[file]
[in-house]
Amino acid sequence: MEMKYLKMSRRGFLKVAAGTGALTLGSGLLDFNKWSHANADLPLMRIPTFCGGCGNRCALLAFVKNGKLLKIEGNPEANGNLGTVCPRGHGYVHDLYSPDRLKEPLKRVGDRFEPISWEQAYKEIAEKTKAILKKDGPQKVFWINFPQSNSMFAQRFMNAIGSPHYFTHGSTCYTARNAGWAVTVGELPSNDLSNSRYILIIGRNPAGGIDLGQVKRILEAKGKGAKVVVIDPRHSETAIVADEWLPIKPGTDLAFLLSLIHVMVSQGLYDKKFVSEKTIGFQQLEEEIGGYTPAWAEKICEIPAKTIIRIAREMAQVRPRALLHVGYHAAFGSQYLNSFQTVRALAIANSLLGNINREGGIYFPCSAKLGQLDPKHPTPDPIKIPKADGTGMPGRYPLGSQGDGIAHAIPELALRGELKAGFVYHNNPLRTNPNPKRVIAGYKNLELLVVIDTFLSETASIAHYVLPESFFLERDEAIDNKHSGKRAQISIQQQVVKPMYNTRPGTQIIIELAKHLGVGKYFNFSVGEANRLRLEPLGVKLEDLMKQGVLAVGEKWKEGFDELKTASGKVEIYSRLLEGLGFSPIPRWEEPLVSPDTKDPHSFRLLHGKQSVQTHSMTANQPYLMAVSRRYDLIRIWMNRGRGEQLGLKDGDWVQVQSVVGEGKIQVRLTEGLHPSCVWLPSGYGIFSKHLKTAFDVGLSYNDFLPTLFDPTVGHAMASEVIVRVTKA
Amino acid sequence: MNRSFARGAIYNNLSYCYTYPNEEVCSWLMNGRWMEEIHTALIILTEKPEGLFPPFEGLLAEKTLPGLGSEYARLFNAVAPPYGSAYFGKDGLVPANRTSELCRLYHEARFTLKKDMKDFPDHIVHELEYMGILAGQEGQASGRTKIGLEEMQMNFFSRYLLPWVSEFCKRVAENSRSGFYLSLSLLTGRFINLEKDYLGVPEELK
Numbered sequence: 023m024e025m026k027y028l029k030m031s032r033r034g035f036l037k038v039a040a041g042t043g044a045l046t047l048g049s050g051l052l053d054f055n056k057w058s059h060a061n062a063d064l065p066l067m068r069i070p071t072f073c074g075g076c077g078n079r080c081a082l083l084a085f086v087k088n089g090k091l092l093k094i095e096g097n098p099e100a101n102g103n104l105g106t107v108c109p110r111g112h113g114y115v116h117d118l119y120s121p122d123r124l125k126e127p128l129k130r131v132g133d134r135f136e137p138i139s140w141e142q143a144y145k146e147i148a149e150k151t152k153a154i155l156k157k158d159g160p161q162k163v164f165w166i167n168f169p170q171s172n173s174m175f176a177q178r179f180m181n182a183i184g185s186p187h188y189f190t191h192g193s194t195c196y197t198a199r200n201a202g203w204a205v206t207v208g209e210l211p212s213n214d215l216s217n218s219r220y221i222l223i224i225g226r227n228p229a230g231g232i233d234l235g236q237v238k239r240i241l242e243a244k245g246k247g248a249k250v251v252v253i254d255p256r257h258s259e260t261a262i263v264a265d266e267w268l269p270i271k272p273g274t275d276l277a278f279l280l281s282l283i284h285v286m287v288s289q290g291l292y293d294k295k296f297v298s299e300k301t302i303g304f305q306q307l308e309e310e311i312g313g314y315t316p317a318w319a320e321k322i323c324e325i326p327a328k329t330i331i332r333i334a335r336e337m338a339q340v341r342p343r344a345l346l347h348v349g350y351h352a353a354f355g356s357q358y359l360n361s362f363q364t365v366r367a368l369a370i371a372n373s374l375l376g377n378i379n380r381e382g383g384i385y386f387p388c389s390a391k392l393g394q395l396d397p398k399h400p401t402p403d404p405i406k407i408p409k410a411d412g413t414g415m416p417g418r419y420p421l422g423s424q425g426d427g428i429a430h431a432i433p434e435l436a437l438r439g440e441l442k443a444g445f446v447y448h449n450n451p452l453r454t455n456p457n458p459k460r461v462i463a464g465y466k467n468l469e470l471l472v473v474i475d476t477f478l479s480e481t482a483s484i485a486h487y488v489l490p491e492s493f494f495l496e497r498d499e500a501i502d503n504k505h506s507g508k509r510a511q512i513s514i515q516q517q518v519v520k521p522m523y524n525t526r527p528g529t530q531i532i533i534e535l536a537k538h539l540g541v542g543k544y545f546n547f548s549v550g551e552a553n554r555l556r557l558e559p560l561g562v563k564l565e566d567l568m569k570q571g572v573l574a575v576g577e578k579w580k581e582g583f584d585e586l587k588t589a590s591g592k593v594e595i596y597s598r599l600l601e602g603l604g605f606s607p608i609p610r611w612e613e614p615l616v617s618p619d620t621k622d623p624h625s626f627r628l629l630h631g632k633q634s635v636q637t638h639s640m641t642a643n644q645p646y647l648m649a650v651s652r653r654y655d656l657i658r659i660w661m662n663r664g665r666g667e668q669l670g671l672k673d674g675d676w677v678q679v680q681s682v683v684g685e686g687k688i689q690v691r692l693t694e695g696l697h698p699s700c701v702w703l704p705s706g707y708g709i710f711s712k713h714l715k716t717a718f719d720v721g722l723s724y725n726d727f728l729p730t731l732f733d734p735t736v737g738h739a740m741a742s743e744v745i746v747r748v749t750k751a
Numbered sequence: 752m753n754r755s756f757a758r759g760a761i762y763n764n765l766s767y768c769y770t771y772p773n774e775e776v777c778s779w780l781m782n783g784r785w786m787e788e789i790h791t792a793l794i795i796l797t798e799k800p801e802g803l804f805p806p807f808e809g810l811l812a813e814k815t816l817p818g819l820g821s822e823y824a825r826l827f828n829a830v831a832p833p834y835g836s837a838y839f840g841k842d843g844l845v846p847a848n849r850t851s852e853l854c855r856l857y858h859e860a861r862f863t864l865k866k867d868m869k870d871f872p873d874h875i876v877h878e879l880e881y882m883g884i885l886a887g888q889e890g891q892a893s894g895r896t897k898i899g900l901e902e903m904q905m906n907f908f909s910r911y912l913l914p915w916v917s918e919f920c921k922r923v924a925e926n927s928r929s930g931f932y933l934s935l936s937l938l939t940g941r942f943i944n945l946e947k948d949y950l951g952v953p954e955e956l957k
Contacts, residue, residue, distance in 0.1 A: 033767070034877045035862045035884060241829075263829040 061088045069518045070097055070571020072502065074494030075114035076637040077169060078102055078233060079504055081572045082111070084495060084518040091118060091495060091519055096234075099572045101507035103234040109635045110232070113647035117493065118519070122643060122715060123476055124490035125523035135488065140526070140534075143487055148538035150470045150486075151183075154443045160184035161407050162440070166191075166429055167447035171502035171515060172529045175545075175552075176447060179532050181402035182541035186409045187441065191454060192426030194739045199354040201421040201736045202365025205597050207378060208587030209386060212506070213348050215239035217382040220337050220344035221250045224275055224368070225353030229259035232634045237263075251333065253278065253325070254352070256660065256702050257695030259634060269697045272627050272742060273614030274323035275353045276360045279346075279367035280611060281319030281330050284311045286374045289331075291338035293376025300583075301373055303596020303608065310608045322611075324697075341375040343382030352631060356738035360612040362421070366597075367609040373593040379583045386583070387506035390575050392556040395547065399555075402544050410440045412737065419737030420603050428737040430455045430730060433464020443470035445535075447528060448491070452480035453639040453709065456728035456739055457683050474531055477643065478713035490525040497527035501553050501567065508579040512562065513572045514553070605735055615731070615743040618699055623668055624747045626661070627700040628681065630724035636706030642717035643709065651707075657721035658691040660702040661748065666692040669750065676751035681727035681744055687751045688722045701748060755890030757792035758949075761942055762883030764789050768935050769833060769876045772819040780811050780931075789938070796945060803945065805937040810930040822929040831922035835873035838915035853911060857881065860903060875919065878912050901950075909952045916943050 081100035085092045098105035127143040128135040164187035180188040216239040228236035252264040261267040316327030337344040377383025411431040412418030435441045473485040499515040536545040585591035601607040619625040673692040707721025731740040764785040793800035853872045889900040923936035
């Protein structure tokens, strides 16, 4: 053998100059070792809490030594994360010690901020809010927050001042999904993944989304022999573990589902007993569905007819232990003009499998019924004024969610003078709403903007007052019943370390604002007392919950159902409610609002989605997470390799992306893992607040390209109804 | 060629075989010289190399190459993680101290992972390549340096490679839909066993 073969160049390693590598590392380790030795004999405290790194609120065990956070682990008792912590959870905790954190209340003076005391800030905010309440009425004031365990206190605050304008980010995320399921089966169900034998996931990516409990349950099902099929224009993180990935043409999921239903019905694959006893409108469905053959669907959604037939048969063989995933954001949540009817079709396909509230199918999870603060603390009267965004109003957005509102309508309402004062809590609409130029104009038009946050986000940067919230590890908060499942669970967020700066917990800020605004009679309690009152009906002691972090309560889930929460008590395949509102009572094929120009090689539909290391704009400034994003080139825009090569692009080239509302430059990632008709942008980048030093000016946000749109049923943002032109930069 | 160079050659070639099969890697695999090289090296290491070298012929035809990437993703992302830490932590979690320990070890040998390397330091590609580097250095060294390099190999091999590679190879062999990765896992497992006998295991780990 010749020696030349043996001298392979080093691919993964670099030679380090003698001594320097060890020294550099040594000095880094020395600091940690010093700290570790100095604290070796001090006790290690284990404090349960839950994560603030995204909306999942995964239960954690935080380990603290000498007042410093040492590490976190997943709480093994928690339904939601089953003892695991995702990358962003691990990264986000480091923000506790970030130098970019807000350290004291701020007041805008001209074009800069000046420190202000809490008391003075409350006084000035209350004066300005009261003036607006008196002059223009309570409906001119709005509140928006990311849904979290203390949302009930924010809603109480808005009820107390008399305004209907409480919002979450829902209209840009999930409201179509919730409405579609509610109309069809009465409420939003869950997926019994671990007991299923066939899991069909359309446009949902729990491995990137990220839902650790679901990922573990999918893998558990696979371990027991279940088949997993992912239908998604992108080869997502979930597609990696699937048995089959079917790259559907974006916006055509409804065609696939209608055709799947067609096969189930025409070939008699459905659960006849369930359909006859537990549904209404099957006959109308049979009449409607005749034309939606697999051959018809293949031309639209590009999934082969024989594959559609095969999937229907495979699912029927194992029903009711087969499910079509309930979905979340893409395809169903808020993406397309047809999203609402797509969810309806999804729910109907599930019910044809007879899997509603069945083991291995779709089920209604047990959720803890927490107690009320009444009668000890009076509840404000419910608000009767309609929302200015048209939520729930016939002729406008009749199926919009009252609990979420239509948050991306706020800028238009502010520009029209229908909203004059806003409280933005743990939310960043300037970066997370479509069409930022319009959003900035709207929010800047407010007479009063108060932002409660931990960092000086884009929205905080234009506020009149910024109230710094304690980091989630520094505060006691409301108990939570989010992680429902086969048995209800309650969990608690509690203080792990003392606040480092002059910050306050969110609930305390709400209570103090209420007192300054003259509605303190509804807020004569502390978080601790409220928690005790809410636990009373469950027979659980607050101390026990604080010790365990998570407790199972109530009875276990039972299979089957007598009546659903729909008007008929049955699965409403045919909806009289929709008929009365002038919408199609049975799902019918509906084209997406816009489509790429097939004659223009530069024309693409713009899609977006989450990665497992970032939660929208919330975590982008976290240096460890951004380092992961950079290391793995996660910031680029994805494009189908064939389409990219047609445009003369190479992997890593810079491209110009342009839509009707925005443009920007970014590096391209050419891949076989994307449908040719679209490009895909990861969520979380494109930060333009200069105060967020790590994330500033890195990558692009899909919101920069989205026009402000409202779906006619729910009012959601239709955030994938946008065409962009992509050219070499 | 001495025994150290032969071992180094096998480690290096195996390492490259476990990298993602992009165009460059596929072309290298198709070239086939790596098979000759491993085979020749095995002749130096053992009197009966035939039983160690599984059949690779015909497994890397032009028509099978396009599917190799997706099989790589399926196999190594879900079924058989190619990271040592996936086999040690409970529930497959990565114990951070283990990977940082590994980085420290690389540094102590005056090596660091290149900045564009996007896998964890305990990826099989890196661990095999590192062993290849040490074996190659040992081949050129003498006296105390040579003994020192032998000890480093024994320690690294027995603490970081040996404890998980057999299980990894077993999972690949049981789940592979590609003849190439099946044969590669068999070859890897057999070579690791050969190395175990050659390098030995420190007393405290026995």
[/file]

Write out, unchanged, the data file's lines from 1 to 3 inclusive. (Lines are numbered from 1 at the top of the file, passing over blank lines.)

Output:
[in-house]
Amino acid sequence: MEMKYLKMSRRGFLKVAAGTGALTLGSGLLDFNKWSHANADLPLMRIPTFCGGCGNRCALLAFVKNGKLLKIEGNPEANGNLGTVCPRGHGYVHDLYSPDRLKEPLKRVGDRFEPISWEQAYKEIAEKTKAILKKDGPQKVFWINFPQSNSMFAQRFMNAIGSPHYFTHGSTCYTARNAGWAVTVGELPSNDLSNSRYILIIGRNPAGGIDLGQVKRILEAKGKGAKVVVIDPRHSETAIVADEWLPIKPGTDLAFLLSLIHVMVSQGLYDKKFVSEKTIGFQQLEEEIGGYTPAWAEKICEIPAKTIIRIAREMAQVRPRALLHVGYHAAFGSQYLNSFQTVRALAIANSLLGNINREGGIYFPCSAKLGQLDPKHPTPDPIKIPKADGTGMPGRYPLGSQGDGIAHAIPELALRGELKAGFVYHNNPLRTNPNPKRVIAGYKNLELLVVIDTFLSETASIAHYVLPESFFLERDEAIDNKHSGKRAQISIQQQVVKPMYNTRPGTQIIIELAKHLGVGKYFNFSVGEANRLRLEPLGVKLEDLMKQGVLAVGEKWKEGFDELKTASGKVEIYSRLLEGLGFSPIPRWEEPLVSPDTKDPHSFRLLHGKQSVQTHSMTANQPYLMAVSRRYDLIRIWMNRGRGEQLGLKDGDWVQVQSVVGEGKIQVRLTEGLHPSCVWLPSGYGIFSKHLKTAFDVGLSYNDFLPTLFDPTVGHAMASEVIVRVTKA
Amino acid sequence: MNRSFARGAIYNNLSYCYTYPNEEVCSWLMNGRWMEEIHTALIILTEKPEGLFPPFEGLLAEKTLPGLGSEYARLFNAVAPPYGSAYFGKDGLVPANRTSELCRLYHEARFTLKKDMKDFPDHIVHELEYMGILAGQEGQASGRTKIGLEEMQMNFFSRYLLPWVSEFCKRVAENSRSGFYLSLSLLTGRFINLEKDYLGVPEELK